Idiot proofing saved this idiot.

Don't trust your flywheel keys.  Put on split collars!

Best Wishes,
Bruce

« Last Edit: April 27, 2024, 05:26:19 PM by BruceM »

ajaffa1

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Re: Vibration Sensor prevents Flywheel launch
« Reply #1 on: April 27, 2024, 10:58:30 PM »
Thanks for the heads up Bruce. I`m currently working on getting backup power generation for my home and shed, this will include my old CS 6/1. I will definitely be investing in some split collars after your experience.
When I was doing maintenance work in a large sawmill we had a lot of equipment with gib keys. These would work themselves loose at this time of year due to the temperature changes at night. 40 degrees during the day and down to zero at night.
Very glad all that work you put into electronic monitoring paid off, I can`t begin to imagine how much damage a flying CS flywheel would cause at 650 RPM.

Bob

BruceM

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Re: Vibration Sensor prevents Flywheel launch
« Reply #2 on: April 28, 2024, 04:20:07 PM »
I think you hit the nail on the head, Bob.  The daily temperature swing here is 30-40F in the high desert of Arizona. My off side gib key is held in by the pulley for the air compressor. The split collar "insurance policy" will go on the generator side as soon as it arrives. 

I hope your new home will be a boon for your and your wife's health and happiness.

Best Wishes,
Bruce


 


veggie

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Re: Vibration Sensor prevents Flywheel launch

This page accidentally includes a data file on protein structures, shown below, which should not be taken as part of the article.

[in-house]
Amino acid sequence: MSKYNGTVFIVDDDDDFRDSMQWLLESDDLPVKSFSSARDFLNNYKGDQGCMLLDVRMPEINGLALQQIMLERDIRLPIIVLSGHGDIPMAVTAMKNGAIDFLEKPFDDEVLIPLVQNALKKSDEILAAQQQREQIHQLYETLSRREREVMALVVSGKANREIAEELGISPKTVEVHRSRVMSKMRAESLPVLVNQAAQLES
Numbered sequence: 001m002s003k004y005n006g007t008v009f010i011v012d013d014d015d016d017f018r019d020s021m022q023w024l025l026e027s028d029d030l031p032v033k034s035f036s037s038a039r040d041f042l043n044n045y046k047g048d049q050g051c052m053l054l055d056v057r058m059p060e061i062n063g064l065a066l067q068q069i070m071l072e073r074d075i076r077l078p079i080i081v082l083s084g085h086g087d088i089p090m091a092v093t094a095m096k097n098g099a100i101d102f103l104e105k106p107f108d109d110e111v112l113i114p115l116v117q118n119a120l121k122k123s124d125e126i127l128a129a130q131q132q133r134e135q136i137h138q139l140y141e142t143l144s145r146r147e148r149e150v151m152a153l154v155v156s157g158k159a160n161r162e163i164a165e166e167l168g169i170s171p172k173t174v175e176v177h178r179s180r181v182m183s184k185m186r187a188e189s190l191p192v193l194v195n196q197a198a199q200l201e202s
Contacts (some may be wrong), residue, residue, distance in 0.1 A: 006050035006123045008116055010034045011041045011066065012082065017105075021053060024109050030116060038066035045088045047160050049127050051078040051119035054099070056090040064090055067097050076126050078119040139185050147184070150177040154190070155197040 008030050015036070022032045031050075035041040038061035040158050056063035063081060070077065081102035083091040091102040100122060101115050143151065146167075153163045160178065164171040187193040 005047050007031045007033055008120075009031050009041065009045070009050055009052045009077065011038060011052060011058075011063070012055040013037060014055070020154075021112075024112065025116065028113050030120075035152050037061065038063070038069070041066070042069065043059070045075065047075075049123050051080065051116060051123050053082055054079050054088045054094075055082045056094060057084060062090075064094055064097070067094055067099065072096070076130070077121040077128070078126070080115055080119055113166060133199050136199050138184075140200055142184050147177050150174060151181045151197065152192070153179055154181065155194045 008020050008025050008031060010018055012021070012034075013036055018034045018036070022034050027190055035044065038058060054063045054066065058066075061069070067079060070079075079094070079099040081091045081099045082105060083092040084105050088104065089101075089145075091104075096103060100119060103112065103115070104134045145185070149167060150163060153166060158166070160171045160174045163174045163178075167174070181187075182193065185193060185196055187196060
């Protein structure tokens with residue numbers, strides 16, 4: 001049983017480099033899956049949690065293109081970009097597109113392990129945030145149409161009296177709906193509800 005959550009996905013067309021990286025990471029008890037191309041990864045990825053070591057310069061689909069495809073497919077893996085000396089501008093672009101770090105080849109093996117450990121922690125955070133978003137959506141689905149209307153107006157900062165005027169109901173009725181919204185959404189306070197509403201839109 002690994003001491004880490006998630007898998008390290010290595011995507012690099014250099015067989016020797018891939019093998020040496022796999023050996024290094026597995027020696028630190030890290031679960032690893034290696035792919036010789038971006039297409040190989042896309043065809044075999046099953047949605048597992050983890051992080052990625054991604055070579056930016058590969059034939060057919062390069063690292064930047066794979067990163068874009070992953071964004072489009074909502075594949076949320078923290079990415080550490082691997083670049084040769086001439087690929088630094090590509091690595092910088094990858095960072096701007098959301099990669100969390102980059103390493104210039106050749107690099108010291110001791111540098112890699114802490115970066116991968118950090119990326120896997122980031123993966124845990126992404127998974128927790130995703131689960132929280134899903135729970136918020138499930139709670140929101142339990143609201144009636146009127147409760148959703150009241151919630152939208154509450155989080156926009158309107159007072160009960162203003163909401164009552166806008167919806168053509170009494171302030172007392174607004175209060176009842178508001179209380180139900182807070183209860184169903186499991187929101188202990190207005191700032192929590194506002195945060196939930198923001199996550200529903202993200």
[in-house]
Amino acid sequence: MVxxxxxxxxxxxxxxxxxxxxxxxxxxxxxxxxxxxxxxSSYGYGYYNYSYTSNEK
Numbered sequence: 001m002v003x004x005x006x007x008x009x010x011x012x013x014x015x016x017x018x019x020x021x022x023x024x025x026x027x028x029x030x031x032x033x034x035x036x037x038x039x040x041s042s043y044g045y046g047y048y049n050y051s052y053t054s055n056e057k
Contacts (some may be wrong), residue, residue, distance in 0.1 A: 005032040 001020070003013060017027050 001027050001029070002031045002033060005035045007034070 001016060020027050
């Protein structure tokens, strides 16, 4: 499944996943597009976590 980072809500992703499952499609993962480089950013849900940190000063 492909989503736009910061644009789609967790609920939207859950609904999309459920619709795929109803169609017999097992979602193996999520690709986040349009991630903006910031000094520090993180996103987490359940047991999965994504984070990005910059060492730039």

« Reply #3 on: May 01, 2024, 04:18:50 PM »

Hi Bruce,

450 ft. of CAT5 cable for control signals?
Is that 3.3 volt or 5 volt ?
I am surprised that there is any signal remaining at the end of that distance.
Are you boosting in any way ?

Veggie
- 6/1 GM90 Listeroid - Delco 33si Alternator
- Changfa R175 - Lease/Neville Alternator
- JiangDong R165 Air cooled - 2 kw
- Changfa S195 (Waiting for a project)

BruceM

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Re: Vibration Sensor prevents Flywheel launch
« Reply #4 on: May 01, 2024, 06:51:23 PM »
Low frequency current loop was often used for long distances to teletypes in the earlier computer days.  This one is 5V but would work the same at 3 or 12V drive with the right current limiting resistors. 

I applied it here with opto isolators to avoid problems with lightning caused shifts in DC ground levels between two separately (PV plus 12V battery) powered buildings.  You really want to use either optoisolators or better, fiber optics for long runs.  This is too long for plastic optical fiber, 300 feet is about the practical max for POF.   Mulitmode glass fiber is good to over 1500ft but I didn't want to spend that much (connectors and transmitters/receivers are a bit spendy) where it isn't really needed.